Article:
One of the most impressive things about UFC: Tapout is the stellar roster of fighters that are available right off the bat. There are 27 UFC competitors available at first, including the game spokesman and current light heavyweight champ, "Hungtington Beach Bad Boy" Tito Ortiz, and kickboxing contender "The Iceman" Chuck Lidell. Coinciding with the real-world UFC's addition of multiple weight classes, UFC: Tapout now allows players to compete in openweight, heavyweight, and lightweight divisions. There are plenty of fighters to choose from, and they all have distinct styles, combos, and maneuvers. For example, Mark "The Hammer" Coleman, master of the ground and pound, has a particularly useful punch-backhand-forearm attack that easily staggers opponents, working well with his powerful takedown technique. Once on the ground with Coleman, it's rather easy to rain punishing blows down on your opponent or go for the "can opener" neck-crank submission. Representing the slimmer warriors are such fighters as current lightweight champ Jens Pulver and the exciting Japanese shooto competitor Caol Uno. Giving Tito, Coleman, and the other game veterans new competition are such luminaries as "The Titan" Mark Kerr and Dan "The Beast" Severn, one of the greatest champions in UFC history. Judging from the time we spent with the game, the intuitive control scheme makes each character essentially very similar to play, but the individual move sets and combo routines make them all interesting to learn. For example, most fighters counter punches with an arm-drag takedown, but Dan Severn uses a two-handed shove instead, which likely can be chained into some form of takedown. If you've played the first UFC extensively, you'll recognize other signature maneuvers that make their return. Frank Shamrock still counters punches with an armbar submission, and it's still especially devastating. While the gameplay is essentially identical to that of the original UFC for the Dreamcast, the updated roster should appeal to anyone who enjoyed the first.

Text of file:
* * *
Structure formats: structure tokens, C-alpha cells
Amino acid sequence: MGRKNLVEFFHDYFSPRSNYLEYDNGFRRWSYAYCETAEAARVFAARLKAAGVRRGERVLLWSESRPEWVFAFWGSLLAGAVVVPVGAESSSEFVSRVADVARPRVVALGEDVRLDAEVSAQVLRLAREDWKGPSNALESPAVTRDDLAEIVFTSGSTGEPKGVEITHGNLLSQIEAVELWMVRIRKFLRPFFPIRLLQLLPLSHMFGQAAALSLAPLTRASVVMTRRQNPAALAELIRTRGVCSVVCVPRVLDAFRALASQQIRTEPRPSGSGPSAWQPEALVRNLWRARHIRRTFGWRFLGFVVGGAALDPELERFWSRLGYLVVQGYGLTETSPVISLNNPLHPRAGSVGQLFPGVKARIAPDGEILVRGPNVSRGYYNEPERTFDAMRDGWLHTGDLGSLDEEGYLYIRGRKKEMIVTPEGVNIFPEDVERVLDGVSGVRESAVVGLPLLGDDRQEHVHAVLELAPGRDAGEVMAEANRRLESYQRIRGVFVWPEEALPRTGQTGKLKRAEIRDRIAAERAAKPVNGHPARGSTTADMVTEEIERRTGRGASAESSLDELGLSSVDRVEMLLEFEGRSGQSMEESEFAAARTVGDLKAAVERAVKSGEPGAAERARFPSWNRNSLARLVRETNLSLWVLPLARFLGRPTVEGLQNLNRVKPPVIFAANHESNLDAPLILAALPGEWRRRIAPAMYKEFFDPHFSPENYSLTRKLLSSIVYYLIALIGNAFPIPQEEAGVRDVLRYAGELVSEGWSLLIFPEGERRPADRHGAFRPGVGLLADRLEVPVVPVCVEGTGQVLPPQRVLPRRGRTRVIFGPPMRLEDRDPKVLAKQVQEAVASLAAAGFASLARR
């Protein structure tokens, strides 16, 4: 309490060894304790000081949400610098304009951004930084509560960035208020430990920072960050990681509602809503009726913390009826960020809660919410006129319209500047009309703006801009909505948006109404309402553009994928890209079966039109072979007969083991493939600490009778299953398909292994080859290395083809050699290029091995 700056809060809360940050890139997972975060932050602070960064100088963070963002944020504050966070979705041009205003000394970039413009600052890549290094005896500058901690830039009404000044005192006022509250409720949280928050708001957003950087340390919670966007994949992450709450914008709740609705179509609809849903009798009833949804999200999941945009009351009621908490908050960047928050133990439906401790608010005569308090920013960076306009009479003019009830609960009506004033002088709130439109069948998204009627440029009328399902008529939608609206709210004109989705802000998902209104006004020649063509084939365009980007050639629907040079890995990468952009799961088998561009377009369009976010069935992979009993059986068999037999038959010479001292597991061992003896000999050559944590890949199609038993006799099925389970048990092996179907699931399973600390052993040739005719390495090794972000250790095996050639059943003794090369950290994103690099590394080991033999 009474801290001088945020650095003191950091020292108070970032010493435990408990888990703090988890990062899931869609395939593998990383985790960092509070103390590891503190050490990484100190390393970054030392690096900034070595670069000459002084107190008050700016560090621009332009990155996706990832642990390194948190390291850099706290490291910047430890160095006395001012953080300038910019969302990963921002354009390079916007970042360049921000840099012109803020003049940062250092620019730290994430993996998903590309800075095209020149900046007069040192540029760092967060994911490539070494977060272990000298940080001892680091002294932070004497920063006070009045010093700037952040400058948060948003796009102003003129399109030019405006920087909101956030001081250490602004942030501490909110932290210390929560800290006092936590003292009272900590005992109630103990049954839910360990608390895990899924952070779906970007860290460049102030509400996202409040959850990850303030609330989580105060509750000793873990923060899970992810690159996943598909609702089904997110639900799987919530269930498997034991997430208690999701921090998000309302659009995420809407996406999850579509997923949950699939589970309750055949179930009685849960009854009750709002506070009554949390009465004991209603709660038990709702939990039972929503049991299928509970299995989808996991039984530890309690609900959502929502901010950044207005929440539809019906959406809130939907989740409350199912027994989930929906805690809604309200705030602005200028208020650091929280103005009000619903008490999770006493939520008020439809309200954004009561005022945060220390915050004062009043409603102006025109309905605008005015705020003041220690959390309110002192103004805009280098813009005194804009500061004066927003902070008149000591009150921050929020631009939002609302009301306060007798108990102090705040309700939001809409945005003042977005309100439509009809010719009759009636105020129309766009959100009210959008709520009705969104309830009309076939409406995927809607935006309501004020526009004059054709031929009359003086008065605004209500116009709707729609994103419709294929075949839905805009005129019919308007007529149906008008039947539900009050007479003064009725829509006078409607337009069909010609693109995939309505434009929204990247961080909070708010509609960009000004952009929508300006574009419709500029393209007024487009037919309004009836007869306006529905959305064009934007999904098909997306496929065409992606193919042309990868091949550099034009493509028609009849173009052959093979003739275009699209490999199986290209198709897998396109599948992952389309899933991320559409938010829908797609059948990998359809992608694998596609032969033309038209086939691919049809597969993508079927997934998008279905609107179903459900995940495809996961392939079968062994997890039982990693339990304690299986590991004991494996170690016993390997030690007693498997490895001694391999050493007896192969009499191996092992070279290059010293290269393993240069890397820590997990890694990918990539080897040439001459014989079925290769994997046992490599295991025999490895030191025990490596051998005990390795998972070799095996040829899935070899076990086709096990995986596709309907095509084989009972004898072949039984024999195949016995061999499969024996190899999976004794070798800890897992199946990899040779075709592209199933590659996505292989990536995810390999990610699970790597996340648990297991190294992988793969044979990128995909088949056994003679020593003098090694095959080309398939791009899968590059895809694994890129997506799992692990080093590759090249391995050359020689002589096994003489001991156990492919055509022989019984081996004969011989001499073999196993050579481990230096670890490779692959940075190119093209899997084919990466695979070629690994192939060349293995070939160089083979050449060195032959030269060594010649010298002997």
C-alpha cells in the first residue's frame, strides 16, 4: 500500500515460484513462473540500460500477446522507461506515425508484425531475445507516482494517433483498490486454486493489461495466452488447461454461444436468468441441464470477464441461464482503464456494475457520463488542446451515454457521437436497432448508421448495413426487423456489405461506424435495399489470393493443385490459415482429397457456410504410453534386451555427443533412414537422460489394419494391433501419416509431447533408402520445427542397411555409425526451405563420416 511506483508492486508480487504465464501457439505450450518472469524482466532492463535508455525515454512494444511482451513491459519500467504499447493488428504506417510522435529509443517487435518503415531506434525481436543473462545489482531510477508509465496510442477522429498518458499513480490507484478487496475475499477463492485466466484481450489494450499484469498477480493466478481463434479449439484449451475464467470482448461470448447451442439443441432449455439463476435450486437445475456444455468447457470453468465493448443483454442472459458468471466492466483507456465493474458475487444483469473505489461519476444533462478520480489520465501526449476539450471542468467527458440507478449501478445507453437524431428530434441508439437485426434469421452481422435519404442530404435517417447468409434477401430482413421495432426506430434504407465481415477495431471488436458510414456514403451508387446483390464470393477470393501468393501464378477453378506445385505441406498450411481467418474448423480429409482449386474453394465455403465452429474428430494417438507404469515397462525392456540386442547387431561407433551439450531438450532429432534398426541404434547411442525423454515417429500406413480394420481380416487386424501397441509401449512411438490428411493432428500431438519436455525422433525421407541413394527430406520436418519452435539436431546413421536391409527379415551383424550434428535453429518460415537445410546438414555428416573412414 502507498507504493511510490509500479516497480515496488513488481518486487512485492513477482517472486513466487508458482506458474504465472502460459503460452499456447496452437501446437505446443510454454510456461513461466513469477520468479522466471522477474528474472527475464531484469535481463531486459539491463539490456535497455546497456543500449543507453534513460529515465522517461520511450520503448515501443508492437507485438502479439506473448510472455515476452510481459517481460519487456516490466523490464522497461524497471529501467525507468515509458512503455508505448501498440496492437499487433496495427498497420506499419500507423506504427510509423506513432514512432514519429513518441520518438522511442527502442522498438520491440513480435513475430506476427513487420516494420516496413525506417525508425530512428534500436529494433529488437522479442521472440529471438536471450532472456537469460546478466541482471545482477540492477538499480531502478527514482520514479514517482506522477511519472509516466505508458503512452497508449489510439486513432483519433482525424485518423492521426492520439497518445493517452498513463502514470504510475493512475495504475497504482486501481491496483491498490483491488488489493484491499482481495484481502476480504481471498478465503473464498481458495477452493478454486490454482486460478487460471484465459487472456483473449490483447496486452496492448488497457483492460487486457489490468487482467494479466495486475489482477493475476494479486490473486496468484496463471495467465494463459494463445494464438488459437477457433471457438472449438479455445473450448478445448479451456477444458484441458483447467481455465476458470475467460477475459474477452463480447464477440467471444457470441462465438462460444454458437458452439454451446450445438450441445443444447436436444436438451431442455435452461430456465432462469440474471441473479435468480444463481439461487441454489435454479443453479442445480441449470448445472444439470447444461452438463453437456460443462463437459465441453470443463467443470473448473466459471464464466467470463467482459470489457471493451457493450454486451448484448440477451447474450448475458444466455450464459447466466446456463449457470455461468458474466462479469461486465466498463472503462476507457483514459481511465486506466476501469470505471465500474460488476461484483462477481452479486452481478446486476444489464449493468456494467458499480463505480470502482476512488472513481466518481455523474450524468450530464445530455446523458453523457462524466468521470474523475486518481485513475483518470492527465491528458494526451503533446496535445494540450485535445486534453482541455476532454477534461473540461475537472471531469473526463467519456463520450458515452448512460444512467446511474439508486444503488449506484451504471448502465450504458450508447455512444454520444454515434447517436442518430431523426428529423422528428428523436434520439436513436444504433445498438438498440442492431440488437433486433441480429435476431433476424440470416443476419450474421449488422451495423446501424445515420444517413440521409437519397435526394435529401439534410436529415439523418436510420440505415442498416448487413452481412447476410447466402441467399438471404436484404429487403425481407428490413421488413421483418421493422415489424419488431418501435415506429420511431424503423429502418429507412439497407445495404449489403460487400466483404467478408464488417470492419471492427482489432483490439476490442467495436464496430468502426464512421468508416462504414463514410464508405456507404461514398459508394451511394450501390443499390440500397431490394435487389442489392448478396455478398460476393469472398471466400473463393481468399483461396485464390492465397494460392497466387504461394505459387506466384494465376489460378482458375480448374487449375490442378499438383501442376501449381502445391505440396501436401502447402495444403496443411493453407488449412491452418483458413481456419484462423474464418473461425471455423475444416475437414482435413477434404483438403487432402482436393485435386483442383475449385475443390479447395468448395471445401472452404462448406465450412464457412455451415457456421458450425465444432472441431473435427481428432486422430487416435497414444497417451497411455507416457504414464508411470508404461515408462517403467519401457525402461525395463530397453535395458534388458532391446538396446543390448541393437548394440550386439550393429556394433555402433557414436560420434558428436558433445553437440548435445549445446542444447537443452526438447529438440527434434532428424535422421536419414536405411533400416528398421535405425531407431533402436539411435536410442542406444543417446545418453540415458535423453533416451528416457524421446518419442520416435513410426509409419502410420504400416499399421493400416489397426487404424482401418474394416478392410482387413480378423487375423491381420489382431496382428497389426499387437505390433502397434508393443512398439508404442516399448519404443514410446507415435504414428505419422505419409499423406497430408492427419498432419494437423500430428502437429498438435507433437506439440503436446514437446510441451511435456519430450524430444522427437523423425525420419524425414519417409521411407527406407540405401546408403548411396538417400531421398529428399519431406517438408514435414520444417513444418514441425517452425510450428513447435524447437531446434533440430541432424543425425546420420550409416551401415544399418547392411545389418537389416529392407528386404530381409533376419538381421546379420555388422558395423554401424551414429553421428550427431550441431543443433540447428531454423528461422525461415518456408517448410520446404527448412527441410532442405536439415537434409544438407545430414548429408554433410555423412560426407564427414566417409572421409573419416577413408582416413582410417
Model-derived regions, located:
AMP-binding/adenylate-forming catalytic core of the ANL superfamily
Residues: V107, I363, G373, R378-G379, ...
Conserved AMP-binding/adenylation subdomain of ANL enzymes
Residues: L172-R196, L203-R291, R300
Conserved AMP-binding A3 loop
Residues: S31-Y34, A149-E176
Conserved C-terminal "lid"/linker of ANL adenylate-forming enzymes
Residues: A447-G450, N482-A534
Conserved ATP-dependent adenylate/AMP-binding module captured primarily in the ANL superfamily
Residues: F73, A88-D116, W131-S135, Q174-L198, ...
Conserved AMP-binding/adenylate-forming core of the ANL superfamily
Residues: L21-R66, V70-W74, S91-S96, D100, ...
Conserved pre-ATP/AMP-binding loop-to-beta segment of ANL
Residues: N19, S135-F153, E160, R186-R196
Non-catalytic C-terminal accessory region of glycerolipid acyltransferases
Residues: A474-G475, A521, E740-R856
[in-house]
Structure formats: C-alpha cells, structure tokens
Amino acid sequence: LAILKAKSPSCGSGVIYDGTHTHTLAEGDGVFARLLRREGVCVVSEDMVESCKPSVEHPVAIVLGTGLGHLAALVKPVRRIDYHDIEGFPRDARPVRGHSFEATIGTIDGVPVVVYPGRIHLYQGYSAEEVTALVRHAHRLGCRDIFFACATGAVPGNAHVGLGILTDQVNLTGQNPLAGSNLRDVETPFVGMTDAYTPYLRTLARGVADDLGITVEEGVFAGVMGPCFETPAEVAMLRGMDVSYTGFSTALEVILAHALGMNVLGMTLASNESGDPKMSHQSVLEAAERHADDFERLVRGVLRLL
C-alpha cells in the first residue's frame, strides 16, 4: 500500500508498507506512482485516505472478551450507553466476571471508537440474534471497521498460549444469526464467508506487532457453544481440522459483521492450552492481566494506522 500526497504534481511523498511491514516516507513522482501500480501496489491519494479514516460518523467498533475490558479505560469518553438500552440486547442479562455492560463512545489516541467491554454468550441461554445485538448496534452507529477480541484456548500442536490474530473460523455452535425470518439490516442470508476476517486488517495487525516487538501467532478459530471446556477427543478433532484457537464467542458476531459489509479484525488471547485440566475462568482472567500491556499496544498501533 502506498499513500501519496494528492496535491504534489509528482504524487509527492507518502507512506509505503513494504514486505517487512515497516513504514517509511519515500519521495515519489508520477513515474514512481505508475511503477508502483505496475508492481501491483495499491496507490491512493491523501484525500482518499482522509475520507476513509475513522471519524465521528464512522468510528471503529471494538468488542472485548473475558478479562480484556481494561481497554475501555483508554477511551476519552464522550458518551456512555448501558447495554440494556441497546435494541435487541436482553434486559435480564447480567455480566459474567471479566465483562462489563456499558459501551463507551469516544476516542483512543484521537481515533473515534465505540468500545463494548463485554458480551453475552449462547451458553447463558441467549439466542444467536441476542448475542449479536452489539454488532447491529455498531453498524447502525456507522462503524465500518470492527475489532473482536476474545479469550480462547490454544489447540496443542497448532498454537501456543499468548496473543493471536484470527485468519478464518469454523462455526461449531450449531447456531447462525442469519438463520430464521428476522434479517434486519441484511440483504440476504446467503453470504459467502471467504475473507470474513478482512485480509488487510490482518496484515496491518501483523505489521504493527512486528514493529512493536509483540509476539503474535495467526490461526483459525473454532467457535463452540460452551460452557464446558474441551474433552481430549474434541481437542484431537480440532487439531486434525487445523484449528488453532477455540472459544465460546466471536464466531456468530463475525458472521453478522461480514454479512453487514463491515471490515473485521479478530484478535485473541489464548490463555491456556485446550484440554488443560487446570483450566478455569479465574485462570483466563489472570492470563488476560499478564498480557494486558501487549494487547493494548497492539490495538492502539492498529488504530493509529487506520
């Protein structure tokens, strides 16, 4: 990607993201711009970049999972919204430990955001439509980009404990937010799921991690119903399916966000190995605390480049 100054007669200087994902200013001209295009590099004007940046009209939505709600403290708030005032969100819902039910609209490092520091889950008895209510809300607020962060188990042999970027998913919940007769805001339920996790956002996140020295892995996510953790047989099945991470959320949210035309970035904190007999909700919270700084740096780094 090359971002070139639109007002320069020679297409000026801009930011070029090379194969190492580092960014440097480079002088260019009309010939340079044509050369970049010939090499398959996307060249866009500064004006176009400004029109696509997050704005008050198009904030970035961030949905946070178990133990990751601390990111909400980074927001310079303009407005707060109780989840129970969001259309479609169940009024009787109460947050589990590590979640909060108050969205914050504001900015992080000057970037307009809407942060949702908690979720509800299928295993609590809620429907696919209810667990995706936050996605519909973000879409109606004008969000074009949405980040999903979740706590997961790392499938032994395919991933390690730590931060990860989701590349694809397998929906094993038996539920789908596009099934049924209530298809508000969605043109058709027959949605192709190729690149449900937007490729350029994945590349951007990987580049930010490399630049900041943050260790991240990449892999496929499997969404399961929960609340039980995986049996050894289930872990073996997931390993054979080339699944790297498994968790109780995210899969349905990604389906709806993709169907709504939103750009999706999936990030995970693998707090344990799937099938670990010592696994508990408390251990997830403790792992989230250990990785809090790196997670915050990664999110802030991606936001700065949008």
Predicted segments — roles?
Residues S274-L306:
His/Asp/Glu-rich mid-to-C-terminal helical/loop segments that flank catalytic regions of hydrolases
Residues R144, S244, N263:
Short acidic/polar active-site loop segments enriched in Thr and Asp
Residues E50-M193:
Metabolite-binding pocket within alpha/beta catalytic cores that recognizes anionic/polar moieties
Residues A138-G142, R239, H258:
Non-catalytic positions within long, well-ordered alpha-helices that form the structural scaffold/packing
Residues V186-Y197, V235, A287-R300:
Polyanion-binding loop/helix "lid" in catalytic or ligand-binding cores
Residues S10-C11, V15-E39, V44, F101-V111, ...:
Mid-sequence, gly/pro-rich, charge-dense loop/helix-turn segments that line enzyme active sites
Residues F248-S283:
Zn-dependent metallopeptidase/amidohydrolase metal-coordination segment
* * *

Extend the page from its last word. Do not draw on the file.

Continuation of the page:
The graphics have also seen an update, and UFC: Tapout is a very good-looking game. The ring entrances use an interesting technique in which the fighters' characters models are blended nicely with recorded FMV background footage and crowd animations. Considering the lousy spectators that most sports games employ, it's nice to see great looking venues and realistic entrances. The fighters themselves look great as well. Each competitor's face is remarkably well detailed, and the character models, as a whole, look very lifelike. Each fighter has been individually modeled, using their real-world counterparts as reference, to properly convey their builds, skin tone, and smaller details like tattoos. Their animations are equally well done, both while fighting and during entrances, where their personal characteristics really shine. Some fighters hop up and down between rounds, and after a match, Tito Ortiz humiliates the opposition with his grave-digging routine. The game also shares its blood option with last year's game on the DC, and when it's toggled to its higher setting the mat becomes doused by deep red droplets during the match. On the other hand, the sound effects we've listened to currently sound a bit forced, with overly emphasized slapping sounds and repetitive fighter noises, but hopefully they'll be worked on before release. The introductions by Bruce Buffer are coming along nicely, however, and they add significantly to the televised-broadcast feel.
We had a lot of fun with this preview build of UFC: Tapout--the game appears nearly final, and it is quite enjoyable, both going head-to-head against a human opponent and taking on the CPU. It must be said that aside from the aesthetic and roster updates, this is essentially the same game as last year's title, but that may very well be a good thing. The UFC games are the closest that video games have ever come to simulating real combat, while still emphasizing fun, challenging gameplay, and we're glad to see that last year's capable formula has been taken a step further. Stay tuned for our review of UFC: Tapout as the upcoming release date approaches.